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TaxAct® supports Publicly Traded Partnerships (PTPs). Per the IRS Partner's Instructions for Schedule K-1 (Form 1065), page 4:

Publicly Traded Partnerships. The passive activity limitations are applied separately for items (other than the low-income housing credit and the rehabilitation credit) from each publicly traded partnership (PTP). Thus, a net passive loss from a PTP may not be deducted from other passive income. Instead, a passive loss from a PTP is suspended and carried forward to be applied against passive income from the same PTP in later years. If the partner's entire interest in the PTP is completely disposed of, any unused losses are allowed in full in the year of disposition.

If you have an overall gain from a PTP, the net gain is nonpassive income. In addition, the nonpassive income is included in investment income to figure your investment interest expense deduction.

Do not report passive income, gains, or losses from a PTP on Form 8582. Instead, use the following rules to figure and report on the proper form or schedule your income, gains, and losses from passive activities that you held through each PTP you owned during the tax year.
  1. Combine any current year income, gains and losses, and any prior year unallowed losses to see if you have an overall gain or loss from the PTP. Include only the same types of income and losses you would include in your net income or loss from a non-PTP passive activity. See Pub. 925, Passive Activity and At-Risk Rules, for more details.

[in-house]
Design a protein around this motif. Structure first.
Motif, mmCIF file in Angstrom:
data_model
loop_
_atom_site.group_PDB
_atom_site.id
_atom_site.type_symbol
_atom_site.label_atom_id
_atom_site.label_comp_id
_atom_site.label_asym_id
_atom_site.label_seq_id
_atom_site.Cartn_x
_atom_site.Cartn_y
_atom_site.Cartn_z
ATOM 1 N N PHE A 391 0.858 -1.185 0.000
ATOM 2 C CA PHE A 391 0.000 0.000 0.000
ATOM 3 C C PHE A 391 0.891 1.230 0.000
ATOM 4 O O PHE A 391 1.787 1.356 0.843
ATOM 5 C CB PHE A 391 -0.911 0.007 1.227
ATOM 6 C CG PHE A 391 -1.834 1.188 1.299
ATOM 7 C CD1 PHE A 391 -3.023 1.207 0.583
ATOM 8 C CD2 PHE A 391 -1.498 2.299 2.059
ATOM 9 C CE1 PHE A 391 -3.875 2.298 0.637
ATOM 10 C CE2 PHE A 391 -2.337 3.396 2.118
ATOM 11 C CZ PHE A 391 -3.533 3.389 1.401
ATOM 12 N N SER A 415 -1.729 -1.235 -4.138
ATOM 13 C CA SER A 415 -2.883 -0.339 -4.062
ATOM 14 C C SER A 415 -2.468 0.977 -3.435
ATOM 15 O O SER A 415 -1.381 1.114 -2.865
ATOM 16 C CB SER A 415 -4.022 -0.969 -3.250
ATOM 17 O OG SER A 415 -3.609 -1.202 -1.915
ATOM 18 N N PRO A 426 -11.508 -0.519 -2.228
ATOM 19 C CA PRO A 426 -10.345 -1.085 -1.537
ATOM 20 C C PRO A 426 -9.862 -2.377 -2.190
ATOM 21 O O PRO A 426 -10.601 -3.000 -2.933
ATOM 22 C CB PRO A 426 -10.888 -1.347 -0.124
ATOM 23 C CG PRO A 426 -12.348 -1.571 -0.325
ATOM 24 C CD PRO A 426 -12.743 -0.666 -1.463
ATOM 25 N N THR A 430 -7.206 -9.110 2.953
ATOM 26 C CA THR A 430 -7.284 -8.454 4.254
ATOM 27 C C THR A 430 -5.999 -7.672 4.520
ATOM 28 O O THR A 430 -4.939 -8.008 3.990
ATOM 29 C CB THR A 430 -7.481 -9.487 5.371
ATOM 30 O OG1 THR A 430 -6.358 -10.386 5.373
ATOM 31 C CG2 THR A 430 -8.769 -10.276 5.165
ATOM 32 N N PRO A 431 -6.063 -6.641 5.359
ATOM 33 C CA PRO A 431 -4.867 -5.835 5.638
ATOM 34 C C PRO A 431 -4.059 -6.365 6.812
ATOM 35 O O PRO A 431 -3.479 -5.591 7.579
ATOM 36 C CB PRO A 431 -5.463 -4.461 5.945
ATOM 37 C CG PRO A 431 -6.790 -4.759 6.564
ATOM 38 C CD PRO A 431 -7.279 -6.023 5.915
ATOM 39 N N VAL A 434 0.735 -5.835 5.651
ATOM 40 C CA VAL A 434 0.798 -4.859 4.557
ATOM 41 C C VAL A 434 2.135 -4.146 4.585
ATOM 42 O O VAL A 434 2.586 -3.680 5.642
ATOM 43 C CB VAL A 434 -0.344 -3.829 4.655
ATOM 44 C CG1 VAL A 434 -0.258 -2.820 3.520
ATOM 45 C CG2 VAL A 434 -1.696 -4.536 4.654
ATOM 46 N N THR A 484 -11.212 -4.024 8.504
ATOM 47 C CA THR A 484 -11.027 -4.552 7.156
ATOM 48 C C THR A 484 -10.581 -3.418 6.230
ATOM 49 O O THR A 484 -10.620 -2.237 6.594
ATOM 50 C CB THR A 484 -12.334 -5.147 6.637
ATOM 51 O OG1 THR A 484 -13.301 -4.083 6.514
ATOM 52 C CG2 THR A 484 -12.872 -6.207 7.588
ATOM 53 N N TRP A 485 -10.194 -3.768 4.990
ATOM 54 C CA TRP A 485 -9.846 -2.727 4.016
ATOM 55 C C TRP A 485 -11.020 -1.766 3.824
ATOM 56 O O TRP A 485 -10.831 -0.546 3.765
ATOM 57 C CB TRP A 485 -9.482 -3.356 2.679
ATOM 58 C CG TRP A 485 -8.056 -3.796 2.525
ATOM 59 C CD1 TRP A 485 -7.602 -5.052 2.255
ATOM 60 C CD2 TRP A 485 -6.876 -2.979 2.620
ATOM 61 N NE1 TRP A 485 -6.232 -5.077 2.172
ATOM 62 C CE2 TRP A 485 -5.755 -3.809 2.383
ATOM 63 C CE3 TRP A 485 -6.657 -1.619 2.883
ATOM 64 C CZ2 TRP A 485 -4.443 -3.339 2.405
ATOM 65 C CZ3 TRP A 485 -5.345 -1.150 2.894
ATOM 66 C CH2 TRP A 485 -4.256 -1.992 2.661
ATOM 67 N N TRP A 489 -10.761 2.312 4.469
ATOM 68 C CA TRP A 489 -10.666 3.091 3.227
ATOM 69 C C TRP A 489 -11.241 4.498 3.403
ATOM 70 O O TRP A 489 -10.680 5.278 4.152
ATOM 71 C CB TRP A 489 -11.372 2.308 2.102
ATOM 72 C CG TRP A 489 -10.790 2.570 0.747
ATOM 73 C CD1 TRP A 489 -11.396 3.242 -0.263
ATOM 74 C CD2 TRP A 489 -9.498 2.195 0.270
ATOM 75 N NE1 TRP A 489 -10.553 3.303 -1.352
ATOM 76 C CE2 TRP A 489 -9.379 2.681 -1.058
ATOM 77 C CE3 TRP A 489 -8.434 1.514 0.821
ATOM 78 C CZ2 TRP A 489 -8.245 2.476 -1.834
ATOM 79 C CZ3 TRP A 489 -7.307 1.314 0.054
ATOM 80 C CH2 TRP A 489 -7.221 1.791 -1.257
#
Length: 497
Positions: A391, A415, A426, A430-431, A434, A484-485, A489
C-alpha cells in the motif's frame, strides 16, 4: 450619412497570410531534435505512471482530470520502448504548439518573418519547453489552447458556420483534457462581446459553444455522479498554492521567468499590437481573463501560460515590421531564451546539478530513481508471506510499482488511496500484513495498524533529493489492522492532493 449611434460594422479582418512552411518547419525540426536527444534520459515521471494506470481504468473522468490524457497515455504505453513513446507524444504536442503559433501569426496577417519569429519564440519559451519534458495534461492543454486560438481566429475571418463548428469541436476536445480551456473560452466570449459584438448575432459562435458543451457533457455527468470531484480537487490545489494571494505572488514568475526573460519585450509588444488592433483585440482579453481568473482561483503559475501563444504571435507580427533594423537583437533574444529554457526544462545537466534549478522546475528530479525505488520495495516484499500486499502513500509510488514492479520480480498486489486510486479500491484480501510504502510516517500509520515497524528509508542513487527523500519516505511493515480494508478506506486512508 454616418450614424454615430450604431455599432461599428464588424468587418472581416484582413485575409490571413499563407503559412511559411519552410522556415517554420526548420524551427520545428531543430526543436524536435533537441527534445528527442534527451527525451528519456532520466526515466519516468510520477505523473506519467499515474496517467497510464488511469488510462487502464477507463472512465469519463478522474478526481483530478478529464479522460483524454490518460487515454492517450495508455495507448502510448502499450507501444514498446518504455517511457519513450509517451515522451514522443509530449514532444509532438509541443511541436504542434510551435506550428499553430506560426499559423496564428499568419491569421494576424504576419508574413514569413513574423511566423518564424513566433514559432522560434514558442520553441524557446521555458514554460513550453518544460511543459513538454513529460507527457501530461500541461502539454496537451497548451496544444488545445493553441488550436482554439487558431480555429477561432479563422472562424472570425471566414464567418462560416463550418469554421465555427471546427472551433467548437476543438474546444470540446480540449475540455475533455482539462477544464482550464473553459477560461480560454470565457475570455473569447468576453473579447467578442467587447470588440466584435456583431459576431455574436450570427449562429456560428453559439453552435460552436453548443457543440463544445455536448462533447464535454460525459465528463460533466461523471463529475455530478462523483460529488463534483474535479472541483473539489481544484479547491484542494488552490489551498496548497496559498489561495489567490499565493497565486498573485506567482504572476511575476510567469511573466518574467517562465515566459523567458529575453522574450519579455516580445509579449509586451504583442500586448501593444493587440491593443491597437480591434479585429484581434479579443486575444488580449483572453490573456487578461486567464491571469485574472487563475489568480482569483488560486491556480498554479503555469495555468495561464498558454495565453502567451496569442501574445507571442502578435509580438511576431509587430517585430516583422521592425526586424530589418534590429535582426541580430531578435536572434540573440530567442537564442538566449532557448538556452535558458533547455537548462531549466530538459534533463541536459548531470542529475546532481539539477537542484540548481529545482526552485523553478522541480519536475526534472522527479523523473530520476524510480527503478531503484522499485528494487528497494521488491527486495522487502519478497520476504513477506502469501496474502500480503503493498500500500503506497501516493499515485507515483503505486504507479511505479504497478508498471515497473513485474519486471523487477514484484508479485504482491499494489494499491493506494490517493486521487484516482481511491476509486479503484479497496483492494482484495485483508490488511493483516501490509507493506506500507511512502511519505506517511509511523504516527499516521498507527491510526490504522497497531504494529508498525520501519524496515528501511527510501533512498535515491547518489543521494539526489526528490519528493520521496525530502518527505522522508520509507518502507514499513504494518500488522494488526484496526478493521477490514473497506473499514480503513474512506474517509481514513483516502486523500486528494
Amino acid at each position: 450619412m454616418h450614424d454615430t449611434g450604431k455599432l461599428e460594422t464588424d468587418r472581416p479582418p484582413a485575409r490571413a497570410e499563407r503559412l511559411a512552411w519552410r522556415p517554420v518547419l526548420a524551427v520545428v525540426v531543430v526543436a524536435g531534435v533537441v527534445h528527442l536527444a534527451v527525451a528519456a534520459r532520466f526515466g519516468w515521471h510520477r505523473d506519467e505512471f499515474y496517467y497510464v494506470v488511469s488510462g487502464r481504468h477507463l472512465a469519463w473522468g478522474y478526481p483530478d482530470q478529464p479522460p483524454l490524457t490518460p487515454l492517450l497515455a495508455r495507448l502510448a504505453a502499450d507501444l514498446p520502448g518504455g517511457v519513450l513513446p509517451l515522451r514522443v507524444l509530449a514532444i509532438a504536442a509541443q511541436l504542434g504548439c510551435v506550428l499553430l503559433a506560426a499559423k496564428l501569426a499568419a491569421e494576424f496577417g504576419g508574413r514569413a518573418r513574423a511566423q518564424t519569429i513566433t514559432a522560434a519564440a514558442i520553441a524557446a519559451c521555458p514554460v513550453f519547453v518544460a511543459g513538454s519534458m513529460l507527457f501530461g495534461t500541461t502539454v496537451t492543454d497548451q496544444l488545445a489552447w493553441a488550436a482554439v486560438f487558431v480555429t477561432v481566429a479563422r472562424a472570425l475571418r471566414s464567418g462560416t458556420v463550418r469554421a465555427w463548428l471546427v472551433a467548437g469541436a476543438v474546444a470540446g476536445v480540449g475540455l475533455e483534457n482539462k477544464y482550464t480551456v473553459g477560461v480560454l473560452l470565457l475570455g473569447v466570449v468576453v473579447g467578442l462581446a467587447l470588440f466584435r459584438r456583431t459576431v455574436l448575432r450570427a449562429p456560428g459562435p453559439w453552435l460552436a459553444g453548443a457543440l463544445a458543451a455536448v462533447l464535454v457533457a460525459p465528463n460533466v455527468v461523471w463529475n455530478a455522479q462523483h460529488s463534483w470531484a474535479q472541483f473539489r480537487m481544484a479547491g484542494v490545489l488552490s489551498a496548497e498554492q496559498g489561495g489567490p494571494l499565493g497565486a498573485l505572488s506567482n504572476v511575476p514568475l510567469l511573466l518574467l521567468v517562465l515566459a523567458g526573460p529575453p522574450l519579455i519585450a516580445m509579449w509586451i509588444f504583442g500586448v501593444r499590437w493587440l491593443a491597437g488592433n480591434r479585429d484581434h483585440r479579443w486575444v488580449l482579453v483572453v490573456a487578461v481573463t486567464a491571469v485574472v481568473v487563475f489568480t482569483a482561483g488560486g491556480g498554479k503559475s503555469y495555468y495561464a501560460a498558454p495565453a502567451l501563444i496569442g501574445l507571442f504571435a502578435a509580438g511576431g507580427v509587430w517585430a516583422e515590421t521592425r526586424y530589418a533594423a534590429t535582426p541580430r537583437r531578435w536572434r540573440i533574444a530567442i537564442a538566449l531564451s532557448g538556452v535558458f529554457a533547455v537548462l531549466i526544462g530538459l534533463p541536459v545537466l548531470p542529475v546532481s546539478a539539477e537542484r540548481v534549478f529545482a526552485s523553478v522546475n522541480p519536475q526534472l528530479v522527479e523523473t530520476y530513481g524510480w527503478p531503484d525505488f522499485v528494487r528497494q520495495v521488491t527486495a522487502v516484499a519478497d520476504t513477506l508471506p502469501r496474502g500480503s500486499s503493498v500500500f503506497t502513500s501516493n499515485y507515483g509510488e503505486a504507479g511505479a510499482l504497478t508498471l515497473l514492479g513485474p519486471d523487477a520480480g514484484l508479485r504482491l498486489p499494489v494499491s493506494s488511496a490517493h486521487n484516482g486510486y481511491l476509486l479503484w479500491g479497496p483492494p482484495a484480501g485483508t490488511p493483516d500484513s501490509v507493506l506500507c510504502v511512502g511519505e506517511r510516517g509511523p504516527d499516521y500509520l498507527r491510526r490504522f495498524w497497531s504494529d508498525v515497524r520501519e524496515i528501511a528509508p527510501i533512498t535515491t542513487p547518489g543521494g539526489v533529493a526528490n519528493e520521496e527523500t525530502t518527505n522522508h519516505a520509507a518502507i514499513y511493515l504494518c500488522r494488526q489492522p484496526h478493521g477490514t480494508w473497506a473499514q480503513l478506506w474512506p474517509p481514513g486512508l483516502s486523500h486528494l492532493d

2. If you have an overall gain, the net gain portion (total gain minus total losses) is nonpassive income. On the form or schedule you normally use, report the net gain portion as nonpassive income and the remaining income and total losses as passive income and loss. To the left of the entry space, enter "From PTP." It is important to identify the nonpassive income because the nonpassive portion is included in modified adjusted gross income for purposes of figuring on Form 8582 the "special allowance" for active participation a non-PTP rental real estate activity. In addition, the nonpassive income is included in investment income when figuring your investment interest expense deduction on Form 4952. 

  3. If you have an overall loss (but did not dispose of your entire interest in the PTP to an unrelated person in a fully taxable transaction during the year), the losses are allowed to the extent of the income, and the excess loss is carried forward to use in a future year when you have income to offset it. Report as a passive loss on the schedule or form you normally use the portion of the loss equal to the income. Report the income as passive income on the form or schedule your normally use.

  4. If you have an overall loss and you disposed of your entire interest in the PTP to an unrelated person in a fully taxable transaction during the year, your losses (including prior year unallowed losses) allocable to the activity for the year are not limited by the passive loss rules. A fully taxable transaction is one in which you recognize all your realized gain or loss. Report the income and losses on the forms and schedules you normally use. 

 TIP. For rules on the disposition of an entire interest reported using the installment method, see the IRS Form 8582 Instructions.


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